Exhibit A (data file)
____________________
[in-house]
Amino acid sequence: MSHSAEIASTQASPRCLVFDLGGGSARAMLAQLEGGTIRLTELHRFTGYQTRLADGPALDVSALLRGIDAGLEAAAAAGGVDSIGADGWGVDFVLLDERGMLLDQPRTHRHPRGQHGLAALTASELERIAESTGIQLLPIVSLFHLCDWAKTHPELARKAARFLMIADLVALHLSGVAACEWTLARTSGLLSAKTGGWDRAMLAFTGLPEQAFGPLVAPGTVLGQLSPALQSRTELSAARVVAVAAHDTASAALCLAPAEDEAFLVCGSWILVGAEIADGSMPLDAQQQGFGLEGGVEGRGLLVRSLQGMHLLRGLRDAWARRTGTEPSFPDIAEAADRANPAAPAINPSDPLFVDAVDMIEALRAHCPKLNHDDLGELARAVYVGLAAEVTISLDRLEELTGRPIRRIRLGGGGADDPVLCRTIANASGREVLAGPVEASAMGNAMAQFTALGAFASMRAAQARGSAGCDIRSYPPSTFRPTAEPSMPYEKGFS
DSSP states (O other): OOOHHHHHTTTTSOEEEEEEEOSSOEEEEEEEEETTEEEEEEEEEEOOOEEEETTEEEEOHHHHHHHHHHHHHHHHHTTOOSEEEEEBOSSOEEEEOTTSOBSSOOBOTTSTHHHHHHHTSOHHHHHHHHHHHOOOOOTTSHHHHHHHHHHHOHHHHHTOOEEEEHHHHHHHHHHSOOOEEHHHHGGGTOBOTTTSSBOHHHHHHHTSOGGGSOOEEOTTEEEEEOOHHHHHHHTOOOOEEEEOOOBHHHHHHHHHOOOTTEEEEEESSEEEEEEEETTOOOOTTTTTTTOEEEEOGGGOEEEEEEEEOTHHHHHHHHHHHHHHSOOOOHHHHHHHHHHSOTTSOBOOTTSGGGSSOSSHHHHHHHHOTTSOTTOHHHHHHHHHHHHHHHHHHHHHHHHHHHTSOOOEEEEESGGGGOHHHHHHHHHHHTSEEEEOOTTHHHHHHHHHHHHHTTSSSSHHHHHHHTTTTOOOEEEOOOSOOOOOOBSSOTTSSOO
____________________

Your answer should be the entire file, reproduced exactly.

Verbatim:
[in-house]
Amino acid sequence: MSHSAEIASTQASPRCLVFDLGGGSARAMLAQLEGGTIRLTELHRFTGYQTRLADGPALDVSALLRGIDAGLEAAAAAGGVDSIGADGWGVDFVLLDERGMLLDQPRTHRHPRGQHGLAALTASELERIAESTGIQLLPIVSLFHLCDWAKTHPELARKAARFLMIADLVALHLSGVAACEWTLARTSGLLSAKTGGWDRAMLAFTGLPEQAFGPLVAPGTVLGQLSPALQSRTELSAARVVAVAAHDTASAALCLAPAEDEAFLVCGSWILVGAEIADGSMPLDAQQQGFGLEGGVEGRGLLVRSLQGMHLLRGLRDAWARRTGTEPSFPDIAEAADRANPAAPAINPSDPLFVDAVDMIEALRAHCPKLNHDDLGELARAVYVGLAAEVTISLDRLEELTGRPIRRIRLGGGGADDPVLCRTIANASGREVLAGPVEASAMGNAMAQFTALGAFASMRAAQARGSAGCDIRSYPPSTFRPTAEPSMPYEKGFS
DSSP states (O other): OOOHHHHHTTTTSOEEEEEEEOSSOEEEEEEEEETTEEEEEEEEEEOOOEEEETTEEEEOHHHHHHHHHHHHHHHHHTTOOSEEEEEBOSSOEEEEOTTSOBSSOOBOTTSTHHHHHHHTSOHHHHHHHHHHHOOOOOTTSHHHHHHHHHHHOHHHHHTOOEEEEHHHHHHHHHHSOOOEEHHHHGGGTOBOTTTSSBOHHHHHHHTSOGGGSOOEEOTTEEEEEOOHHHHHHHTOOOOEEEEOOOBHHHHHHHHHOOOTTEEEEEESSEEEEEEEETTOOOOTTTTTTTOEEEEOGGGOEEEEEEEEOTHHHHHHHHHHHHHHSOOOOHHHHHHHHHHSOTTSOBOOTTSGGGSSOSSHHHHHHHHOTTSOTTOHHHHHHHHHHHHHHHHHHHHHHHHHHHTSOOOEEEEESGGGGOHHHHHHHHHHHTSEEEEOOTTHHHHHHHHHHHHHTTSSSSHHHHHHHTTTTOOOEEEOOOSOOOOOOBSSOTTSSOO